Let's Return to Clinton Spending Levels, Too

EXPERT COMMENTARY

Let's Return to Clinton Spending Levels, Too

By Veronique de Rugy |
Dec 14, 2012

President Obama has been fixated on returning the top marginal income tax rates on higher income earners to their Clinton-era levels. Increasing these rates is troubling because even if the president got his way, it wouldn't make a dent in our deficit, and it would pose negative consequences for our economy in the long term. Moreover, our problem is a spending one, not a revenue one. So how about we return to Clinton-era spending levels?

However, aggregate labor supply data, such as the differences in hours worked among countries with different levels of taxes, suggest a very different conclusion. Nobel laureate Ed Prescott, in his famous 2004 paper "Why Do Americans Work So Much More Than Europeans?" shows that workers spend considerably more hours working when marginal tax rates on their incomes are lower. So basically, over time people will reduce the number of hours of work, economic growth slows down, and less revenue is collected.

And then there's the long run. In recent years, economists have shown that higher taxes may not dissuade current rich people from working, but they will hurt incentives for younger people to invest in education and career choices that would have made them the rich people of tomorrow. That too does not benefit future economic growth and tax revenue.

So overall, increasing taxes on the rich isn't a good idea. Yet, it is true that the Clinton years saw economic growth, increasing median income, vanishing deficits and relative peace. Why doesn't the president try to copy all Clinton-era policies? Because that would mean seriously cutting spending.

On Jan. 27, 1996, President Clinton proclaimed that "the era of big government is over, but we can't go back to a time when our citizens were just left to fend for themselves." He added, "So, again, last Tuesday, I asked Congress to join with me to make the cuts we agree on. Let's give the American people the balanced budget they deserve with a modest tax cut and the lower interest rates and brighter hope for the future it will bring." And they came through on that promise.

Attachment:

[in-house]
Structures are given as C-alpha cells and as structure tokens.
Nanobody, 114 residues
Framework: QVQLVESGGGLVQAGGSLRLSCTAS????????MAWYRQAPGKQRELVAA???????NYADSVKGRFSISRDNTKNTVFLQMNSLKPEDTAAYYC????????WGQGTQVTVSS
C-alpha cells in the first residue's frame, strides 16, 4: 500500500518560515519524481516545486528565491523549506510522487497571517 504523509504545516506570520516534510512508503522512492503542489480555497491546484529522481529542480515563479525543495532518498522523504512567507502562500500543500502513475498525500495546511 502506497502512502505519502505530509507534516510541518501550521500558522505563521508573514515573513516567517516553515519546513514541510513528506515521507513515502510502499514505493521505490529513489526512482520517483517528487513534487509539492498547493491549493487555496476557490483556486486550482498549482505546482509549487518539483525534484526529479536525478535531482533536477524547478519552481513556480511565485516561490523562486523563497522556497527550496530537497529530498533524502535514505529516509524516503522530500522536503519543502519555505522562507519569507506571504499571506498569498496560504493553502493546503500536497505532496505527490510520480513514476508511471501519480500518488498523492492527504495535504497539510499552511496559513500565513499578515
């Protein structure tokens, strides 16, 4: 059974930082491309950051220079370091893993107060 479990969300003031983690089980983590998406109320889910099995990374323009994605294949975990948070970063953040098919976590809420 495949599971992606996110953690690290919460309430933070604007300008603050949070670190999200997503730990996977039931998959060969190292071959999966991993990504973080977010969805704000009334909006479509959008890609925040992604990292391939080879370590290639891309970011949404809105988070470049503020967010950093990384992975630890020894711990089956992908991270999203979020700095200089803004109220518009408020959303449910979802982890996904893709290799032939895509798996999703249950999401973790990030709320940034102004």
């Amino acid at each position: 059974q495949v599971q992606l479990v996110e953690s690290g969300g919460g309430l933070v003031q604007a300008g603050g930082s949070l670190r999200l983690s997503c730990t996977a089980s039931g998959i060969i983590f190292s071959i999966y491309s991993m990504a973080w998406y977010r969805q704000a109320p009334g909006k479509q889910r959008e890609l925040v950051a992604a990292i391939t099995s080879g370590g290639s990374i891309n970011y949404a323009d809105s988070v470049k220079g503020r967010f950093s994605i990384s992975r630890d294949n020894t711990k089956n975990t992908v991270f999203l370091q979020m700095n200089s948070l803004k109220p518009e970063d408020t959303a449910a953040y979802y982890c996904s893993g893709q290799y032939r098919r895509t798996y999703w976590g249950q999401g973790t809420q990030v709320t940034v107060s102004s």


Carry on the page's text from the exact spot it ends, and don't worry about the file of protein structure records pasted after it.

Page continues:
During his two terms in office, Clinton reduced spending as a share of gross domestic product from 21 percent in fiscal year 1994 to 18.2 percent of GDP in fiscal year 2001. Today, spending stands at 24.3 of GDP. According to the Office of Management and Budget, Obama's two-term average spending level is projected at 23.4 percent of GDP as opposed to 19.9 percent for Clinton. During his two terms, Clinton grew spending by 12.3 percent in real terms -- a sharp contrast with the Reagan years and the Bush years. When he left office, total spending was close to $2 trillion, and the federal government registered a surplus of $142 billion (all numbers are adjusted for inflation). In fiscal 2012, federal spending was $3.2 trillion, and our deficit was $1.1 trillion.

For all the talk about returning to Clinton-era policies, the president is sadly silent about his predecessor's spending levels. To be fair, the only way that we could go back to these spending levels is if Congress finally reforms Social Security, Medicare and Medicaid. And reforming those programs is also the only way to put this country back on a sustainable financial path. So what are we waiting for?

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